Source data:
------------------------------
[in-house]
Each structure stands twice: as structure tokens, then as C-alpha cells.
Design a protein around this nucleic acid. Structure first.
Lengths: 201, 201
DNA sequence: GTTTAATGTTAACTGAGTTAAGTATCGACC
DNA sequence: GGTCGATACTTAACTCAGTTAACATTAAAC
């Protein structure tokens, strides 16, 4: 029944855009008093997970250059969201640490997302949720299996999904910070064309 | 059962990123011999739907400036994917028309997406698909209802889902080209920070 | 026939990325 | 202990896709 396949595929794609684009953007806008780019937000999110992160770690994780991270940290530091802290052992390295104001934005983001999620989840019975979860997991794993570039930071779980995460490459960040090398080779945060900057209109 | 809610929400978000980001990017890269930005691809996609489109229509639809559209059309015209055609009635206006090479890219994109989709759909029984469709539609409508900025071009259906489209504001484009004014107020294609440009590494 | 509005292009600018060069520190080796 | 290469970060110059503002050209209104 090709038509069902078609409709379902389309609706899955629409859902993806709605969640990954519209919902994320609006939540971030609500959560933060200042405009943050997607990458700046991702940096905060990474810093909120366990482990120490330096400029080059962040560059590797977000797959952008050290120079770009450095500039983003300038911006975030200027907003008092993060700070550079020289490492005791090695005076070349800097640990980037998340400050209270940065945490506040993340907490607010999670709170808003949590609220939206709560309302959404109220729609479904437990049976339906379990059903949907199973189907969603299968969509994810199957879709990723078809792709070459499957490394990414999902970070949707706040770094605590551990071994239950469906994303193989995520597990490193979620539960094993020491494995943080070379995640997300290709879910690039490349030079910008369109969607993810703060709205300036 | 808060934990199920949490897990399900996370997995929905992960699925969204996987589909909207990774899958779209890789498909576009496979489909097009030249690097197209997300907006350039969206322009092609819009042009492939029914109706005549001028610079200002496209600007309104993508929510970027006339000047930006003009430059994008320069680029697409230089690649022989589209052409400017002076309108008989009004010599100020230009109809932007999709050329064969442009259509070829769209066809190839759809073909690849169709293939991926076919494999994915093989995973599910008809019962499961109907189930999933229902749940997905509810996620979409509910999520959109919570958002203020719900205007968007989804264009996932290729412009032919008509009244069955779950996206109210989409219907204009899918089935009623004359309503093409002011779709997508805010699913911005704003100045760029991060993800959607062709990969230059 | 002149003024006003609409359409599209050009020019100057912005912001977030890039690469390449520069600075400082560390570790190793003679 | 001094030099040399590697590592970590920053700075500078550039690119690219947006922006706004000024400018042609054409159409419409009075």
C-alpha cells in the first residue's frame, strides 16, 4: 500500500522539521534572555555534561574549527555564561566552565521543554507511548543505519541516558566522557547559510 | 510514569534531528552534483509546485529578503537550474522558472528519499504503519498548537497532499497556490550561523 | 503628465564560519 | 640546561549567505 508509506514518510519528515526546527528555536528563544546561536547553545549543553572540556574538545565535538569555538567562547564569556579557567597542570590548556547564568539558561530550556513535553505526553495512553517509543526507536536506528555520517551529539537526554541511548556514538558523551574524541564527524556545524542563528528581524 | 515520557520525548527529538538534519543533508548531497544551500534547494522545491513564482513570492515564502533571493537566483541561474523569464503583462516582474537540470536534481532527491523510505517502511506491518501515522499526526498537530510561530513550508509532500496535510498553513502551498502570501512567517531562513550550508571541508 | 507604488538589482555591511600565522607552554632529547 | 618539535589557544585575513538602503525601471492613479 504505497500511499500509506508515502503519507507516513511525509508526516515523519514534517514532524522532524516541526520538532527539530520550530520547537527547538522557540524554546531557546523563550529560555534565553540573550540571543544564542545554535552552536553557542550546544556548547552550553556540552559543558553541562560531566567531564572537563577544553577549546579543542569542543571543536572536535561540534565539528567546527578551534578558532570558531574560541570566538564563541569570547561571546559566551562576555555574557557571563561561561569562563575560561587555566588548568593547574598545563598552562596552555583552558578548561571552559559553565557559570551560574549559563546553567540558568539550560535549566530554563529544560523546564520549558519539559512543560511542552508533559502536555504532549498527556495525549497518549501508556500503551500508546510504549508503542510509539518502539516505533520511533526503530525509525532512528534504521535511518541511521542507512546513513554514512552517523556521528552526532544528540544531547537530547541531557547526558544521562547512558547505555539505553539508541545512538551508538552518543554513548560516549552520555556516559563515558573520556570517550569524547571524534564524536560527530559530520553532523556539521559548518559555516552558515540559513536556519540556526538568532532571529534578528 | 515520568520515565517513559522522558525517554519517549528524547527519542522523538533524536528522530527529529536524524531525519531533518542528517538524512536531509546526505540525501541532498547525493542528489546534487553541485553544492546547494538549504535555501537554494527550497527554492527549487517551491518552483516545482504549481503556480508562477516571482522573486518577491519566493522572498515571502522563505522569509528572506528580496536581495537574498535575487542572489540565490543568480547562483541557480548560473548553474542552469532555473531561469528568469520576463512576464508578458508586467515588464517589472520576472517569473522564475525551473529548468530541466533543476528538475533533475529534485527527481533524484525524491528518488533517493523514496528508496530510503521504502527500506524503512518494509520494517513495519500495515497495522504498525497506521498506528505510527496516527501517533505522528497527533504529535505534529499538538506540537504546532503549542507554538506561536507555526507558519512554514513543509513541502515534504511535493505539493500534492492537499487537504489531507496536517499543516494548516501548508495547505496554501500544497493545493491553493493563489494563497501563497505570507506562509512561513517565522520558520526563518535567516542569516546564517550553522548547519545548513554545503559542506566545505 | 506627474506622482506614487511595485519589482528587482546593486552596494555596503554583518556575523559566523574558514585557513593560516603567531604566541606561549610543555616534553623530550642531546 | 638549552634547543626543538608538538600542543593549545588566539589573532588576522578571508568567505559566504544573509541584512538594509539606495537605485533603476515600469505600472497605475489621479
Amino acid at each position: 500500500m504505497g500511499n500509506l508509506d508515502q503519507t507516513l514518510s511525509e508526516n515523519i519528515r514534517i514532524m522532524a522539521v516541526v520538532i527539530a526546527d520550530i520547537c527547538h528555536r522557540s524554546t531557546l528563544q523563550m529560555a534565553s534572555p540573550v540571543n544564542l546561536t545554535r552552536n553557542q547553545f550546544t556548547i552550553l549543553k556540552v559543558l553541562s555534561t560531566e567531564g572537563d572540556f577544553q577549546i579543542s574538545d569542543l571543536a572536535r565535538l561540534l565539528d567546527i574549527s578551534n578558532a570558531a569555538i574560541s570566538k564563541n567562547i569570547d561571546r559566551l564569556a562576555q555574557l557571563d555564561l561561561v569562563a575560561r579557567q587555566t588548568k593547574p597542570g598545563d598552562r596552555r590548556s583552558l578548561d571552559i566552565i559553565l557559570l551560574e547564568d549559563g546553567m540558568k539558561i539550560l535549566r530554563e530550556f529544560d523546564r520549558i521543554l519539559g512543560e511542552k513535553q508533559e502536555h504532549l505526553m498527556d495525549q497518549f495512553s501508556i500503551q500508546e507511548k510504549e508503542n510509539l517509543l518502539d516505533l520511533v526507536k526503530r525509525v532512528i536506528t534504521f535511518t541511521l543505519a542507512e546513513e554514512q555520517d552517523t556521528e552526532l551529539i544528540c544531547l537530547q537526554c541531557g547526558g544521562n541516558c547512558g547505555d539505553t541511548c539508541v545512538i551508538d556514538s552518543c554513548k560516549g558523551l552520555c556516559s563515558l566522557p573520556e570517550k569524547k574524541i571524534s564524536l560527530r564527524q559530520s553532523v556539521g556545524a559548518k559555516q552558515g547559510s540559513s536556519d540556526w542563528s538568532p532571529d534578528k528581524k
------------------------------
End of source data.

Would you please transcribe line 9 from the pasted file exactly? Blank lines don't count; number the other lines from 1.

Amino acid at each position: 500500500m504505497g500511499n500509506l508509506d508515502q503519507t507516513l514518510s511525509e508526516n515523519i519528515r514534517i514532524m522532524a522539521v516541526v520538532i527539530a526546527d520550530i520547537c527547538h528555536r522557540s524554546t531557546l528563544q523563550m529560555a534565553s534572555p540573550v540571543n544564542l546561536t545554535r552552536n553557542q547553545f550546544t556548547i552550553l549543553k556540552v559543558l553541562s555534561t560531566e567531564g572537563d572540556f577544553q577549546i579543542s574538545d569542543l571543536a572536535r565535538l561540534l565539528d567546527i574549527s578551534n578558532a570558531a569555538i574560541s570566538k564563541n567562547i569570547d561571546r559566551l564569556a562576555q555574557l557571563d555564561l561561561v569562563a575560561r579557567q587555566t588548568k593547574p597542570g598545563d598552562r596552555r590548556s583552558l578548561d571552559i566552565i559553565l557559570l551560574e547564568d549559563g546553567m540558568k539558561i539550560l535549566r530554563e530550556f529544560d523546564r520549558i521543554l519539559g512543560e511542552k513535553q508533559e502536555h504532549l505526553m498527556d495525549q497518549f495512553s501508556i500503551q500508546e507511548k510504549e508503542n510509539l517509543l518502539d516505533l520511533v526507536k526503530r525509525v532512528i536506528t534504521f535511518t541511521l543505519a542507512e546513513e554514512q555520517d552517523t556521528e552526532l551529539i544528540c544531547l537530547q537526554c541531557g547526558g544521562n541516558c547512558g547505555d539505553t541511548c539508541v545512538i551508538d556514538s552518543c554513548k560516549g558523551l552520555c556516559s563515558l566522557p573520556e570517550k569524547k574524541i571524534s564524536l560527530r564527524q559530520s553532523v556539521g556545524a559548518k559555516q552558515g547559510s540559513s536556519d540556526w542563528s538568532p532571529d534578528k528581524k